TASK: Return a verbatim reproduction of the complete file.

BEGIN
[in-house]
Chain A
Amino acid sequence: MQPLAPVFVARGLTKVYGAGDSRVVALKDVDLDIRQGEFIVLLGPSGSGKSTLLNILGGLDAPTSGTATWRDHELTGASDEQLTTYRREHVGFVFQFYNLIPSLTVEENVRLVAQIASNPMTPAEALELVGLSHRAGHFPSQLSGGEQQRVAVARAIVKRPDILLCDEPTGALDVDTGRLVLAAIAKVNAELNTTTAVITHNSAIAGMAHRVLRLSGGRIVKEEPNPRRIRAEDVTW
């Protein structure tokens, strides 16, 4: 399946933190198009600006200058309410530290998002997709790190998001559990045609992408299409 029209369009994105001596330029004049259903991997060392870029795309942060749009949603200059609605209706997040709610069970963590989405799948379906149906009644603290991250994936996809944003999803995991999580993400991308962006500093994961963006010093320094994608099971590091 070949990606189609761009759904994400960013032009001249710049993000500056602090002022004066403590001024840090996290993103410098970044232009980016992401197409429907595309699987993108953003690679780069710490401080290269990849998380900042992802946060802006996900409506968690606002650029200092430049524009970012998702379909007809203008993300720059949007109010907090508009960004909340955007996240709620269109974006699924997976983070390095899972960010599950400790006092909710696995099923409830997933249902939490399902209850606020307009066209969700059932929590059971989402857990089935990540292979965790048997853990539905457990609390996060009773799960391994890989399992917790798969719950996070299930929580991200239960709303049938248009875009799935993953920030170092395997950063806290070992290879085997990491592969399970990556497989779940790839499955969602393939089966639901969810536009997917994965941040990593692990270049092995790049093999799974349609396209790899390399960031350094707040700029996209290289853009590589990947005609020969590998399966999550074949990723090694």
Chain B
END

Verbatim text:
[in-house]
Chain A
Amino acid sequence: MQPLAPVFVARGLTKVYGAGDSRVVALKDVDLDIRQGEFIVLLGPSGSGKSTLLNILGGLDAPTSGTATWRDHELTGASDEQLTTYRREHVGFVFQFYNLIPSLTVEENVRLVAQIASNPMTPAEALELVGLSHRAGHFPSQLSGGEQQRVAVARAIVKRPDILLCDEPTGALDVDTGRLVLAAIAKVNAELNTTTAVITHNSAIAGMAHRVLRLSGGRIVKEEPNPRRIRAEDVTW
């Protein structure tokens, strides 16, 4: 399946933190198009600006200058309410530290998002997709790190998001559990045609992408299409 029209369009994105001596330029004049259903991997060392870029795309942060749009949603200059609605209706997040709610069970963590989405799948379906149906009644603290991250994936996809944003999803995991999580993400991308962006500093994961963006010093320094994608099971590091 070949990606189609761009759904994400960013032009001249710049993000500056602090002022004066403590001024840090996290993103410098970044232009980016992401197409429907595309699987993108953003690679780069710490401080290269990849998380900042992802946060802006996900409506968690606002650029200092430049524009970012998702379909007809203008993300720059949007109010907090508009960004909340955007996240709620269109974006699924997976983070390095899972960010599950400790006092909710696995099923409830997933249902939490399902209850606020307009066209969700059932929590059971989402857990089935990540292979965790048997853990539905457990609390996060009773799960391994890989399992917790798969719950996070299930929580991200239960709303049938248009875009799935993953920030170092395997950063806290070992290879085997990491592969399970990556497989779940790839499955969602393939089966639901969810536009997917994965941040990593692990270049092995790049093999799974349609396209790899390399960031350094707040700029996209290289853009590589990947005609020969590998399966999550074949990723090694």
Chain B